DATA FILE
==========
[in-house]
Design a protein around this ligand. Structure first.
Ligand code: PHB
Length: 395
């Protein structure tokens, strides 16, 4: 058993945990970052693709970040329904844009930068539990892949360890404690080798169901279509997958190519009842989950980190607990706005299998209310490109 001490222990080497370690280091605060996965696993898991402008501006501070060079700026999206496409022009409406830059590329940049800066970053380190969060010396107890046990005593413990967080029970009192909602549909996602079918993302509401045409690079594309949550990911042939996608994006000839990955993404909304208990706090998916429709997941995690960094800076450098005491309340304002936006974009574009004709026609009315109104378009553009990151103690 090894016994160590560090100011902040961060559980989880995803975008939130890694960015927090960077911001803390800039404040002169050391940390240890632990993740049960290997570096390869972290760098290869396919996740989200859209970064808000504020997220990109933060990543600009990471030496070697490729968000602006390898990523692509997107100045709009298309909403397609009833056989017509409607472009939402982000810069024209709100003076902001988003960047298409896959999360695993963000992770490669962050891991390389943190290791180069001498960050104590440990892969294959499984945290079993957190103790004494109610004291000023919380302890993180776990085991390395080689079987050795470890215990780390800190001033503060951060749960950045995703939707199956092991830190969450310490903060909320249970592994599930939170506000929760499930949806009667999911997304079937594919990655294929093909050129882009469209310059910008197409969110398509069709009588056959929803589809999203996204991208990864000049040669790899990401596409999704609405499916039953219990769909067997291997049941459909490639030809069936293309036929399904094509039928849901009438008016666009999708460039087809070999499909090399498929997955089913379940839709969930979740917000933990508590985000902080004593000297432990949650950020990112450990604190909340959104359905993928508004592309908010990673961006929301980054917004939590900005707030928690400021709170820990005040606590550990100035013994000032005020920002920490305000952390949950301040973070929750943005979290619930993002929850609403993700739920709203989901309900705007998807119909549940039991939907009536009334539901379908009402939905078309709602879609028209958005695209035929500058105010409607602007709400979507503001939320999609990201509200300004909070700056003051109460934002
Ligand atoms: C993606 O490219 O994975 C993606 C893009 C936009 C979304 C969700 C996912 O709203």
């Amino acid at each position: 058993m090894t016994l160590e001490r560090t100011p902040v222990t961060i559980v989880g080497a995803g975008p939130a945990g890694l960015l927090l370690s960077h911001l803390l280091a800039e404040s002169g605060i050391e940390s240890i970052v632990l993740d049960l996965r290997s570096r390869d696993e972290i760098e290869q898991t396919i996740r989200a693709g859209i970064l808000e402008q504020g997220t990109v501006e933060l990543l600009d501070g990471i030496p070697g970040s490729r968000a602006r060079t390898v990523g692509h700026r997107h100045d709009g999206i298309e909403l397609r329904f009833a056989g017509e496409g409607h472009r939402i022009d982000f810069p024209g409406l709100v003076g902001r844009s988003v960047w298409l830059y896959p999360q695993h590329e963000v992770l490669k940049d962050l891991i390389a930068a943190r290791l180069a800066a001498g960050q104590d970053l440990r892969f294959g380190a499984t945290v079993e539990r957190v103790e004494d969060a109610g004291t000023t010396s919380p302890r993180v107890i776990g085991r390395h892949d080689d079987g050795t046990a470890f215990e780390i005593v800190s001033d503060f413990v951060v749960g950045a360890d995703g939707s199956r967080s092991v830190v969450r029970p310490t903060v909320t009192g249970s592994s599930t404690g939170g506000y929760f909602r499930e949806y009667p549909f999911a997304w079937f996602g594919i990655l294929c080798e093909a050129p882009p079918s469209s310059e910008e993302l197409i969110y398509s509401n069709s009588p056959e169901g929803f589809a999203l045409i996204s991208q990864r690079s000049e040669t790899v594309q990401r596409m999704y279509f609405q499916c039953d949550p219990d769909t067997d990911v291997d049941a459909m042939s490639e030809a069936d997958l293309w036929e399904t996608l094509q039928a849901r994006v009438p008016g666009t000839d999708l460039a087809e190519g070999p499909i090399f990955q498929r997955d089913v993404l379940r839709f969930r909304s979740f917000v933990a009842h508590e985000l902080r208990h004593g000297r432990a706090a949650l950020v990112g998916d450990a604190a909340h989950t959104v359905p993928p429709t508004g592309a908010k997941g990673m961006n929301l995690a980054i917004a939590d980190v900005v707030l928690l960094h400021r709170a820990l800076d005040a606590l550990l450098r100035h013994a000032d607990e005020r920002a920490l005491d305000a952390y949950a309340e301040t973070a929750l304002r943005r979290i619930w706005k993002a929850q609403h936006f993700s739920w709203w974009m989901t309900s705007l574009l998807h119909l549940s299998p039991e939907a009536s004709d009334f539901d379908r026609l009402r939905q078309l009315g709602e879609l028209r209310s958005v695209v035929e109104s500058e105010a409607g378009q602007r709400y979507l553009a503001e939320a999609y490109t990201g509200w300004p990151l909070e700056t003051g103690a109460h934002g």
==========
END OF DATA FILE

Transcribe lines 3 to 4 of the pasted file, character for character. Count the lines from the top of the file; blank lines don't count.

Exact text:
Ligand code: PHB
Length: 395